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Study Examines Where Non-Small-Cell Lung Cancer Patients Fall Off Precision Oncology Pathway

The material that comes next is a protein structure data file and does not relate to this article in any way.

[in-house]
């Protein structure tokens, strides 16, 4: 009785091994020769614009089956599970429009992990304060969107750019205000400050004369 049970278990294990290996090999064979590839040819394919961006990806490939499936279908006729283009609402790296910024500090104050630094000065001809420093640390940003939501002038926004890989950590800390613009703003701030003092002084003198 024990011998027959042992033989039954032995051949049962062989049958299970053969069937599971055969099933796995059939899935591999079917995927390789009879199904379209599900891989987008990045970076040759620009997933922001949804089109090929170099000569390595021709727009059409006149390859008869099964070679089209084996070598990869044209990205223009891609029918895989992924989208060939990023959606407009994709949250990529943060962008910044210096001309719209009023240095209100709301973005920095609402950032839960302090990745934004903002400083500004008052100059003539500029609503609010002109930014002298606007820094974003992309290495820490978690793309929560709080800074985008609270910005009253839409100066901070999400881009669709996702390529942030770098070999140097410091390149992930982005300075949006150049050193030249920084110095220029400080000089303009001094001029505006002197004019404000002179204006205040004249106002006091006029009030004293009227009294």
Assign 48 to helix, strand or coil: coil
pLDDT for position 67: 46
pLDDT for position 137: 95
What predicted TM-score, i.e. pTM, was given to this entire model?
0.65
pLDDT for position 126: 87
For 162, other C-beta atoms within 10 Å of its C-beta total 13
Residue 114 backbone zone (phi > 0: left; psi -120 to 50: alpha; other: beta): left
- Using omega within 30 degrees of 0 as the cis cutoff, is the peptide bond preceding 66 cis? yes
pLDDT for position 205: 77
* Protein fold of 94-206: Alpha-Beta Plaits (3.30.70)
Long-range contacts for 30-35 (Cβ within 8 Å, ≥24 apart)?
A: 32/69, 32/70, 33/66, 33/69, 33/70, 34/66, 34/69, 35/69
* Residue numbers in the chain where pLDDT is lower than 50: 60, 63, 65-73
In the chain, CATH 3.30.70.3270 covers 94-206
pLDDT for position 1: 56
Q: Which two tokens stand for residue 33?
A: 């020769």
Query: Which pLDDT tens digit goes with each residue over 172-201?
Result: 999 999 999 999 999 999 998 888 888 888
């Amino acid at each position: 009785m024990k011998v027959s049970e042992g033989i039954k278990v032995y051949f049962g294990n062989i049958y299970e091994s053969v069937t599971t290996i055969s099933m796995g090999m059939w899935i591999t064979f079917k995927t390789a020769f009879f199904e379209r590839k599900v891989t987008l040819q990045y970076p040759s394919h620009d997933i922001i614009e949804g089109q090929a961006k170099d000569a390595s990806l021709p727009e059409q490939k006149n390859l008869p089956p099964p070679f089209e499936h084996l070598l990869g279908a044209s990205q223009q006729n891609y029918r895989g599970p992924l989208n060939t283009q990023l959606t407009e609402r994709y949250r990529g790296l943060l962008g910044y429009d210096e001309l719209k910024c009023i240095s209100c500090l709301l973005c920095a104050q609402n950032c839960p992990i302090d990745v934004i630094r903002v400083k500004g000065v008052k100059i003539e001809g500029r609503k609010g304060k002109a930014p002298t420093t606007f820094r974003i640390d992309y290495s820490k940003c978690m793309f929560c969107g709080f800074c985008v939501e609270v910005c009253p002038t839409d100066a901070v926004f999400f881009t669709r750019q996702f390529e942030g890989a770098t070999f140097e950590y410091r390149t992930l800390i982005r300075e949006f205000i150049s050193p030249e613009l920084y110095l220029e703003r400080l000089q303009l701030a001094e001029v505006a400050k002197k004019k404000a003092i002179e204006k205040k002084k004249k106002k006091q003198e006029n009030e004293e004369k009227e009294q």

Researchers from the testing laboratory Diaceutics have examined gaps along the precision medicine pathway where advanced non-small-cell lung cancer (aNSCLC) patients may lose out on receiving targeted treatments. As they report in JCO Precision Oncology, the researchers identified seven broad steps along the precision oncology pathway — from biopsy referral to biomarker analysis and treatment decision — where clinical practice gaps may emerge. Using Diaceutics' proprietary data repository, the researchers traced the progress of 32,224 patients with aNSCLC along this pathway to find that just more than a third of eligible patients receive appropriate precision oncology treatments. In particular, about half of patients are lost during the preanalytical and analytical stages of testing and, of the patients who do undergo biomarker testing and have an actionable mutation, about 29 percent are lost to post-testing practice gaps. "Addressing practice gaps can lead to improved clinical care associated with a precision oncology approach," the researchers write. "Attention to practice gaps may also help to decrease healthcare costs through enhanced systemic efficiency and potentially reduced downstream spending on hospitalizations and health resource expenditures necessitated by suboptimal earlier care."